I Used to Love You: Songs About Love, and the Stories Behind Them

In honour of cuffing season, we’re taking a look at the stories behind some of our favourite love songs of the ’90s and 2000s. So cozy up to that convenient cutie and some nostalgia, as we rewind three tracks by influential artists about the equally-influential artists they used to love.

Mary J. Blige “Be Happy” (1994)
Artist Connection: K-Ci Hailey, of K-Ci and JoJo and Jodeci

Lyrics: “Oh I cannot hide the way I feel inside
(No I don’t know why)
I don’t know why but every day I wanna cry
(Every day I wanna cry)
If I give you one more try
To these rules, will you abide
And if I mean anything to you
Would it make everything all right?”

“Be Happy,” the lead single off of Mary J. Blige’s critically-acclaimed album My Life, is as sonically sound as it is painfully self-aware.

Beneath that classic bounce and bop of a typical Mary joint — the sound that crowned her the queen of hip-hop soul in the early 90’s — is a reflection on her own abusive relationship with K-Ci Hailey, singer of both K-Ci and JoJo and Jodeci. She’s in love but totally unhappy, laying the foundation for My Life. The album was created while Blige was struggling with clinical depression and substance abuse, and it’s regarded as one of her best.

“Be Happy” is hopeful in one sense, and hopeless in another: outlining the want for things to right themselves, while knowing that with things as they are, they simply can’t. The song’s title is more of a wish than it is a reality. It’s a feeling that carries the entire project in fact, making it a no-brainer as to why Blige’s introspective My Life is listed as one of Rolling Stone’s “500 Greatest Albums of All Time.”

Erykah Badu “Other Side of the Game” (1997)
Artist Connection: Andre 3000, of OutKast

Lyrics: “He gave me the life that I came to live
Gave me the song that I came to give
Pressure on me
But the seed had grown
I can’t make it on my own
Summer came around and the flowers bloomed
He became the sun
I became the moon
Precious gifts that we both received
Or could this be make believe

Whatcha gonna do when they come for you?”


“Other Side of the Game” is a jazzy, beautiful ode to the girlfriends of drug dealers and weed-men everywhere. The third single off of Erykah Badu’s debut album, Baduizm, explores the mind of a woman torn between what is right, and how her boyfriend makes his living — which is questionable, and likely illegal. Over silky-smooth instrumentals, Badu worries that the door could get kicked down at any moment.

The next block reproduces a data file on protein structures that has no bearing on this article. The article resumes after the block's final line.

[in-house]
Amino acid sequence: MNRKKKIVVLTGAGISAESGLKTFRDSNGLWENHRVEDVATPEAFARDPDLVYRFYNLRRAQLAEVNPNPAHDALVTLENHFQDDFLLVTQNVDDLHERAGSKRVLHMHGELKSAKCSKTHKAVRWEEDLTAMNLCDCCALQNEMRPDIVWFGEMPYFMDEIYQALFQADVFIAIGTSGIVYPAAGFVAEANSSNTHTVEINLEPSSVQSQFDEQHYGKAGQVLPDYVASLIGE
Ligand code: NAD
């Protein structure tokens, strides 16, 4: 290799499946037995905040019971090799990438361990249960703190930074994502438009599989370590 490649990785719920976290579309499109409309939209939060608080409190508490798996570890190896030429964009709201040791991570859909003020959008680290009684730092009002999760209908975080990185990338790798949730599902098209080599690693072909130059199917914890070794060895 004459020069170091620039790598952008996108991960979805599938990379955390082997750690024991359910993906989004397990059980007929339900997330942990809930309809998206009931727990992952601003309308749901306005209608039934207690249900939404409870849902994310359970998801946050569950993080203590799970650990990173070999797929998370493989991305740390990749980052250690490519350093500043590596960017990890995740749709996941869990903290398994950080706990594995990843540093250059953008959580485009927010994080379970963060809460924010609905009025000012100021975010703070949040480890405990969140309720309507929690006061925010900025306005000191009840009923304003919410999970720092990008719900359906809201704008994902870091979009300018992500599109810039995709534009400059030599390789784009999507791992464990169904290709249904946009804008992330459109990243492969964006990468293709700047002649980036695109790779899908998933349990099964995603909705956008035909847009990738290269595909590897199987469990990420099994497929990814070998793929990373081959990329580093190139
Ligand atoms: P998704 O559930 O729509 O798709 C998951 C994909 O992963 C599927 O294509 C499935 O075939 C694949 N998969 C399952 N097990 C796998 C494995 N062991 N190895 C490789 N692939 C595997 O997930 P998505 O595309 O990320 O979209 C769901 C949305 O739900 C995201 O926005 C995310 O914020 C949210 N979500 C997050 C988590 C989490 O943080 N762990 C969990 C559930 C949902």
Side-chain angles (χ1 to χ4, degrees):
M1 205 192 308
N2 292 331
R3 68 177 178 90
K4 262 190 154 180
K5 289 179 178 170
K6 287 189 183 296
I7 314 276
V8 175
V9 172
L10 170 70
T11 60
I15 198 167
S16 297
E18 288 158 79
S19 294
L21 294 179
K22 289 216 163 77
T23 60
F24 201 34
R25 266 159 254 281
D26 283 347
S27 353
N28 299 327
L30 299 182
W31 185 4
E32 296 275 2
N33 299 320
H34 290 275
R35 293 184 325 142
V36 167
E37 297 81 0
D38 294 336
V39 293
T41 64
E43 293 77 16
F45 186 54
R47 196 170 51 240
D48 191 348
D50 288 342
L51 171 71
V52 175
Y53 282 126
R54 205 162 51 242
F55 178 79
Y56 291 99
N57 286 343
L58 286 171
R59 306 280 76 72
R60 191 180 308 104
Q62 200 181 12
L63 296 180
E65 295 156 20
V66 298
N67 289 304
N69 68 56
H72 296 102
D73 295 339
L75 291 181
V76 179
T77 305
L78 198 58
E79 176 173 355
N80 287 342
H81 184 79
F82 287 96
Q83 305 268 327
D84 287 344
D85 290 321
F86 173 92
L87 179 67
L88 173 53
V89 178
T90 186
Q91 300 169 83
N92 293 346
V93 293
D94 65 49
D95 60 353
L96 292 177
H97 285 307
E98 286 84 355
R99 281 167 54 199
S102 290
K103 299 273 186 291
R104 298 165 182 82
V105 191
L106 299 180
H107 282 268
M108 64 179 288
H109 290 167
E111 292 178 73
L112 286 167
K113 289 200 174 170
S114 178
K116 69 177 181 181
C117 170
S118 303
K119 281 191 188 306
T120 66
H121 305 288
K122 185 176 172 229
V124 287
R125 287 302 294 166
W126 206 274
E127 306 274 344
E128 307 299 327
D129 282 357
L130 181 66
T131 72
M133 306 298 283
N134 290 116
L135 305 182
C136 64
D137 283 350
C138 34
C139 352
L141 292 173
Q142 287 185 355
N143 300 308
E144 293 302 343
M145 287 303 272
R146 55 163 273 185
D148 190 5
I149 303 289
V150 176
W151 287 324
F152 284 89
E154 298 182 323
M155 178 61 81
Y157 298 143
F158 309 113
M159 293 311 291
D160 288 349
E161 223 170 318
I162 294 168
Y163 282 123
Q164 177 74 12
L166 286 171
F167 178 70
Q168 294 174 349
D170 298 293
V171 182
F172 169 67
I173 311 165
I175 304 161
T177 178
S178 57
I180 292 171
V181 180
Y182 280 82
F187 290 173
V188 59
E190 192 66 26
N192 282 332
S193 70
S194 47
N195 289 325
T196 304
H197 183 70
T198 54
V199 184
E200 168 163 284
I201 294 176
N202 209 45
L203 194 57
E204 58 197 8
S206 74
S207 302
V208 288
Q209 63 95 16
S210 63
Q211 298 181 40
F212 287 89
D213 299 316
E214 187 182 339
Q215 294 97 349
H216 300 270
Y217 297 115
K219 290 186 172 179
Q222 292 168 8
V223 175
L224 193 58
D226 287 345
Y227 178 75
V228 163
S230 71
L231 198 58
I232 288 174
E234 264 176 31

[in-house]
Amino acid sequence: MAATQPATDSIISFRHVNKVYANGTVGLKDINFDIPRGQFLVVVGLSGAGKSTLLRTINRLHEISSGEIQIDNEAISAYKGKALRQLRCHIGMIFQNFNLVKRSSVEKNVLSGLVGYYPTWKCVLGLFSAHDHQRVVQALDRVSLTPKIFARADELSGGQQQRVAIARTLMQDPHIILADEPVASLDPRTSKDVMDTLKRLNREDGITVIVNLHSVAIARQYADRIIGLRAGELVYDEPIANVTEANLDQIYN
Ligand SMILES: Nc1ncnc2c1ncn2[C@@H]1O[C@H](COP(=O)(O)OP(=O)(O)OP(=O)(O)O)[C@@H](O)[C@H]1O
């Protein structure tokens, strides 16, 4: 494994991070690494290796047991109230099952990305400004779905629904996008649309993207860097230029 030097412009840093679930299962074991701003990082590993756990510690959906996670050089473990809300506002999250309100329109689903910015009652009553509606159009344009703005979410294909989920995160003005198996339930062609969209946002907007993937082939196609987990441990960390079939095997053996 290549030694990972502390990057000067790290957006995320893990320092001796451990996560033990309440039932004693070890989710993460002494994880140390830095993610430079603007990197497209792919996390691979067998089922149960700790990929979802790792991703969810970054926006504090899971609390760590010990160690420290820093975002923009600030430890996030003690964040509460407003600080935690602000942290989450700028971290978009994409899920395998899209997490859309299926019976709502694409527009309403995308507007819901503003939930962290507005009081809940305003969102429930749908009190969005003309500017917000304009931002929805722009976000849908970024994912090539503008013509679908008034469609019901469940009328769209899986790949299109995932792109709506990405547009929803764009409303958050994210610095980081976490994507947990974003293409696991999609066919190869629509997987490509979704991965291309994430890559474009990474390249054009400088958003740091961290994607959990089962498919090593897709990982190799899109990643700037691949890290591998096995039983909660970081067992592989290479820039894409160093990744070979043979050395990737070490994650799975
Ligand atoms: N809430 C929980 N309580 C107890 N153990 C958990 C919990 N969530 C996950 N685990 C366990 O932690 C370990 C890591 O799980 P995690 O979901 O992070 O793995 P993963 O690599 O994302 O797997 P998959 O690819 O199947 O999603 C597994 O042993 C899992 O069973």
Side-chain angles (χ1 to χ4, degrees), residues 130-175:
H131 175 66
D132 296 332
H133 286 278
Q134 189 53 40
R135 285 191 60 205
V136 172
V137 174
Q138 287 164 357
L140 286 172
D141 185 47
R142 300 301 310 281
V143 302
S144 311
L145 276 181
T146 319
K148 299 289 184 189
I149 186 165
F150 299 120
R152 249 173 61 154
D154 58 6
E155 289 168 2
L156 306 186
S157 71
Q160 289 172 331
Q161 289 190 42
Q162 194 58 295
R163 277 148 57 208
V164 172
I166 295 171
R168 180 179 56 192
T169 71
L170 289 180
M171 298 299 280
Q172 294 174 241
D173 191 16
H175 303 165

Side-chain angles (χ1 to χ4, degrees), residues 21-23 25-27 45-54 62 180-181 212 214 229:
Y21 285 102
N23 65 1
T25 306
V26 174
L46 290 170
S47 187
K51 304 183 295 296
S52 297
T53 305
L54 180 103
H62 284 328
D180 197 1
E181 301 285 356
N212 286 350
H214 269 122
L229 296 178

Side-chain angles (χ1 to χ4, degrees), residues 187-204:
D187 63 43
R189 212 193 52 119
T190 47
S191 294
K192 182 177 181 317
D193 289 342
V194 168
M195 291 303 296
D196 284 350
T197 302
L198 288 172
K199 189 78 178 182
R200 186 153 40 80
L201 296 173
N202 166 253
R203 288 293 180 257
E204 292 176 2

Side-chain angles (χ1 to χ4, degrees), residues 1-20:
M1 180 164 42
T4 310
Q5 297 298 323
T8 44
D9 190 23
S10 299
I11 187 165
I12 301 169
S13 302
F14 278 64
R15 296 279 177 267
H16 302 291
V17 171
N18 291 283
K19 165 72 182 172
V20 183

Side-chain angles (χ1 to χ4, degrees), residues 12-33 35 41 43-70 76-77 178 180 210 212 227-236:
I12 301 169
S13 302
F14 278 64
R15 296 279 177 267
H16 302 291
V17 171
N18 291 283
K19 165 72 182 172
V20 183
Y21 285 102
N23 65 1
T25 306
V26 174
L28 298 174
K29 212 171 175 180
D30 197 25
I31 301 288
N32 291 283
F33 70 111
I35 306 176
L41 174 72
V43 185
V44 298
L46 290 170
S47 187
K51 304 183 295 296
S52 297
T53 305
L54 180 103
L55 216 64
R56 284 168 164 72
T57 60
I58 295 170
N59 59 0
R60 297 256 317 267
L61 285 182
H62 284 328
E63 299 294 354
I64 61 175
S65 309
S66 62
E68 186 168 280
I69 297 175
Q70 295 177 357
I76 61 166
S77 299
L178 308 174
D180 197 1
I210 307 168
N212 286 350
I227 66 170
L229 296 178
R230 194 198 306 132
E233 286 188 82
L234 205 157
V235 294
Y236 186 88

She asks him what to do, and she asks herself what to — resulting in a song that’s highly relatable. You may not have been in this specific situation, but you’ve for damn sure been in a space where a vice felt too good to give up. Badu spins the story so well lyrically that it’s poetic, leaving you torn over a drug man you don’t even have.

Here, the artist connection is more in the visuals for the track, than in its lyrical content. The video features Andre 3000, then-boyfriend of Badu, as her love interest. The themes in the song play out on screen, when Andre 3000 accepts a couple stacks from dirty cops  — as the camera pans between the two. A fun fact is that months after the video’s release, Badu would give birth to their son, Seven. But, an even funner fact is that that child would spark the inspiration for the next track on this list.

OutKast “Ms. Jackson” (2000)
Artist Connection: Erykah Badu

Lyrics: “Me and your daughter got a special thing going on
You say it’s puppy love, we say it’s full-grown
Hope that we feel this, feel this way forever
You can plan a pretty picnic
But you can’t predict the weather, Ms Jackson

Ten times out of nine, now if I’m lyin’, find
The quickest muzzle, throw it on my mouth and I’ll decline
King meets queen, then the puppy love thing
Together dream ’bout that crib with the Goodyear swing
On the oak tree, I hope we feel like this forever
Forever, forever ever, forever ever?”

Oh yes, OutKast’s unforgettable record from 2000’s Stankonia is about Erykah Badu — well, about her mom. And initially, Badu wasn’t too crazy about it either. The angrier bars that lead “Ms. Jackson” originally had Badu in her feelings. The song marries warped beats with soft piano keys, as Big Boi brings the rage and Andre 3000 brings that reflection. It’s part apology and part diary entry, spinning love and baby-mama drama from the male perspective in a simple way. There’s no surprise why OutKast nabbed a Grammy for “Ms. Jackson” in 2002.

In a recent interview with Rap Radar though, Erykah Badu opened up about how “Ms. Jackson” made her feel.

“I still had a kind of sore spot. I didn’t want to hear that,” Badu told Rap Radar. “Especially when I heard Big Boi’s verse. Then when I heard Andre’s verse, I felt very good because his verse was really, really inspiring.”

Badu’s mom loved it, she remembers, noting that her mom copped all the “Ms. Jackson” memorabilia she could get her hands on. It remains one of OutKast’s most iconic tracks, with both Andre 3000’s and Big Boi’s verses becoming undisputed classics of the new millennium.



Feature photo c/o and copyright of Isaac Campbell on Flickr, and used under this license.

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